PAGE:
New research reveals that students who transfer from community college are 30 percent less likely to obtain a bachelor’s degree than their four-year university counterparts — even when they’re of equal academic caliber.
The recent working paper from the National Bureau of Economic Research, which studied college-bound Georgia students, found that the trend is especially true when students come from a low-income background.
Though the causes are not yet known, one implication of the study is clear, researchers say: Low-income students do not receive the resources they need in high school.
“We have clear evidence that low-income students do not attend the highest quality colleges available to them,” said Michael Hurwitz and Jonathan Smith, policy research scientists with the College Board and co-authors of the report, in an email.
This phenomenon, termed “undermatching,” begins with the college application process, which low-income students find particularly difficult to navigate.
Income disparities and undermatching are two key components of the low bachelor’s degree attainment rate in the U.S. — at least for highly skilled students, according to the report.
“On the other hand, overmatching does not carry any penalties, and in fact, might be beneficial for bachelor’s-aspiring students,” said Hurwitz and Smith.
But Scott Ralls, president of the North Carolina Community College system, said studies show that students experience success in four-year colleges as long as they complete their associate’s degree before transferring.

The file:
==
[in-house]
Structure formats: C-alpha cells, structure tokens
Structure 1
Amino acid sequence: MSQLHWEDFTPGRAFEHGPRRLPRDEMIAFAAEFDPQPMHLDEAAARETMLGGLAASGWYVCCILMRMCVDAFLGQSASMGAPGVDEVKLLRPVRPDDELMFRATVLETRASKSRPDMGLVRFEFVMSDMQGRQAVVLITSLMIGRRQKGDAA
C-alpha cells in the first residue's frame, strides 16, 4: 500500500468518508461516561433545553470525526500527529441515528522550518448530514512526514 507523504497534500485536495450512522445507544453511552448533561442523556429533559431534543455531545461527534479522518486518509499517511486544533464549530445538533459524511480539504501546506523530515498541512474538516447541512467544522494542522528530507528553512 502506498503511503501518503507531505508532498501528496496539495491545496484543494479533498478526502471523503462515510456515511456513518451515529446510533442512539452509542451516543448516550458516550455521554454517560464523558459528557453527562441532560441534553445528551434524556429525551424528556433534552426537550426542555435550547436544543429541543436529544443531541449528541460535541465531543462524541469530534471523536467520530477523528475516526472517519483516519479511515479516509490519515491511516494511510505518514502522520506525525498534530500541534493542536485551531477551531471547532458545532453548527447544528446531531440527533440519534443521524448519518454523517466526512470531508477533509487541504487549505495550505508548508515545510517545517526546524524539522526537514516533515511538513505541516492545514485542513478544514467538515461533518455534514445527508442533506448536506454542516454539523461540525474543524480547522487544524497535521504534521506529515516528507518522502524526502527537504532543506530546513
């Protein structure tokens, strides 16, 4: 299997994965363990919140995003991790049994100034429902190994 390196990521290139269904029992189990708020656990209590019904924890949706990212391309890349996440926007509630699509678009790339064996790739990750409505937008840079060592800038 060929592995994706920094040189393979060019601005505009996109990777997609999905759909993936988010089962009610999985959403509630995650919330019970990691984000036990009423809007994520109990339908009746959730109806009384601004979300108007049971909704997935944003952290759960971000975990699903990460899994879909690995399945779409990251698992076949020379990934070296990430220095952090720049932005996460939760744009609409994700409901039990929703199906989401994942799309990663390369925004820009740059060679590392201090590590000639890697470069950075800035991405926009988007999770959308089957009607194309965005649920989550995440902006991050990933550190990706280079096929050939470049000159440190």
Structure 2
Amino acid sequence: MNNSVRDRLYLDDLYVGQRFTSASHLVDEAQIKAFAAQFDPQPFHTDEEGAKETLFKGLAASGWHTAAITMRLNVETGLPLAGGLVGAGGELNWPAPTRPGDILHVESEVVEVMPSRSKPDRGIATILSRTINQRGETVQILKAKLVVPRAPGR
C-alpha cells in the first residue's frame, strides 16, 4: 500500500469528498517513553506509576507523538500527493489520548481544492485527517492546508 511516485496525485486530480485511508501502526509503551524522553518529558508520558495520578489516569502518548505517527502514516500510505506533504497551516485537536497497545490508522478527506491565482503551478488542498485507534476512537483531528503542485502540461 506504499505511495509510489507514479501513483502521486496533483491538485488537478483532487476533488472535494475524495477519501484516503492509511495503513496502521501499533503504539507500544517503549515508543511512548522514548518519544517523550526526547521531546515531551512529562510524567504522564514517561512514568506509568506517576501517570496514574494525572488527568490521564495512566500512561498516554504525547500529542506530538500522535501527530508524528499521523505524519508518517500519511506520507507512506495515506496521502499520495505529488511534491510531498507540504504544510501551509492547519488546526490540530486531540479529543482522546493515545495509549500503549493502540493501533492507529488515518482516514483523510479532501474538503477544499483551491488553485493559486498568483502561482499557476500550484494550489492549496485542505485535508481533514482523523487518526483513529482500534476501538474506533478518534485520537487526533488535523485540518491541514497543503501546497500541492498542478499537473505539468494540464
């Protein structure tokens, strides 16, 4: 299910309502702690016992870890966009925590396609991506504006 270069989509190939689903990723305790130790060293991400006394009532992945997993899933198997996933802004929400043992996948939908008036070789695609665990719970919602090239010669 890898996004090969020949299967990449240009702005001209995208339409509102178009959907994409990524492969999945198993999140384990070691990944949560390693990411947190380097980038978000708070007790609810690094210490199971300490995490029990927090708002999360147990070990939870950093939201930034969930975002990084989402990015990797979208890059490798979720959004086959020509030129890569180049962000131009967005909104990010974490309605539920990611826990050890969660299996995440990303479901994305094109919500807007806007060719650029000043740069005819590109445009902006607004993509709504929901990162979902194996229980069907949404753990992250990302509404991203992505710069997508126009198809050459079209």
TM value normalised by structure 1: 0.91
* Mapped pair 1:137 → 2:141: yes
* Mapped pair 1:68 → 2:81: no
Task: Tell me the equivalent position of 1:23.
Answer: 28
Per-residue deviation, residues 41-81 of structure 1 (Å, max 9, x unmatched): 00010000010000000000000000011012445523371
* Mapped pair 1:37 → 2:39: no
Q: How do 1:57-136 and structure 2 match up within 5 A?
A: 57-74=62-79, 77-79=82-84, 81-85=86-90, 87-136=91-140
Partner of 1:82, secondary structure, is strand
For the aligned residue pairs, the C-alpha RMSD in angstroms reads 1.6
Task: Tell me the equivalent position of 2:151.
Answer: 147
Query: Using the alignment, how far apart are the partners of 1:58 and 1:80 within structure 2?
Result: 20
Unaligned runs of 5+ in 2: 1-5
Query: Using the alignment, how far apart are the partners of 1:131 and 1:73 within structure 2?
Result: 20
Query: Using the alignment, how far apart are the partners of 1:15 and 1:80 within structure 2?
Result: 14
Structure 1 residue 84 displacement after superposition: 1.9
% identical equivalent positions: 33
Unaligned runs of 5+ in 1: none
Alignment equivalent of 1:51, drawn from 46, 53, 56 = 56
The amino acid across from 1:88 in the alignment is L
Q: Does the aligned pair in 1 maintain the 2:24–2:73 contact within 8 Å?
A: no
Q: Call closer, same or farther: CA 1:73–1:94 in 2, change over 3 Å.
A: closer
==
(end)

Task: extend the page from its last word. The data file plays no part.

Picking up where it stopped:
“And not all of our students come to us with the intention of obtaining four-year degrees,” said Ralls. “They receive two-year degrees or certificates and can go on to make just as much as someone with a B.A.”
That being said, Ralls added, growing tuition rates within the UNC system is not making the transfer process any easier.
“UNC-Chapel Hill is one of the best four-year colleges for low income students in the country. In fact it’s in our constitution that higher education be as free as is practically possible,” said Ralls.
“But our working-class students are beginning to wonder what’s practically possible.”
Bill Schneider, associate vice president of research and performance management for the system, said the key to high completion rates lies in articulation agreements — which are statewide agreements governing the transfer of credits between N.C. community colleges and public universities.
“North Carolina articulation agreements are among the strongest in the country,” Schneider said. “That being said, our students come from different backgrounds. They have families; they have jobs; they have more to worry about than just school.”
UNC junior Rebecca Jade Smith is a community college transfer student who participated in the Carolina Student Transfer Excellence Program, or C-STEP. She strongly advocates for community college despite the working paper's findings.
Smith said that C-STEP has helped make the transition to UNC easier.
“I was accepted to UNC’s C-STEP after my senior year of high school, which really smoothed over the entire process,” Smith said. "I couldn't imagine moving away to college as an 18-year-old."
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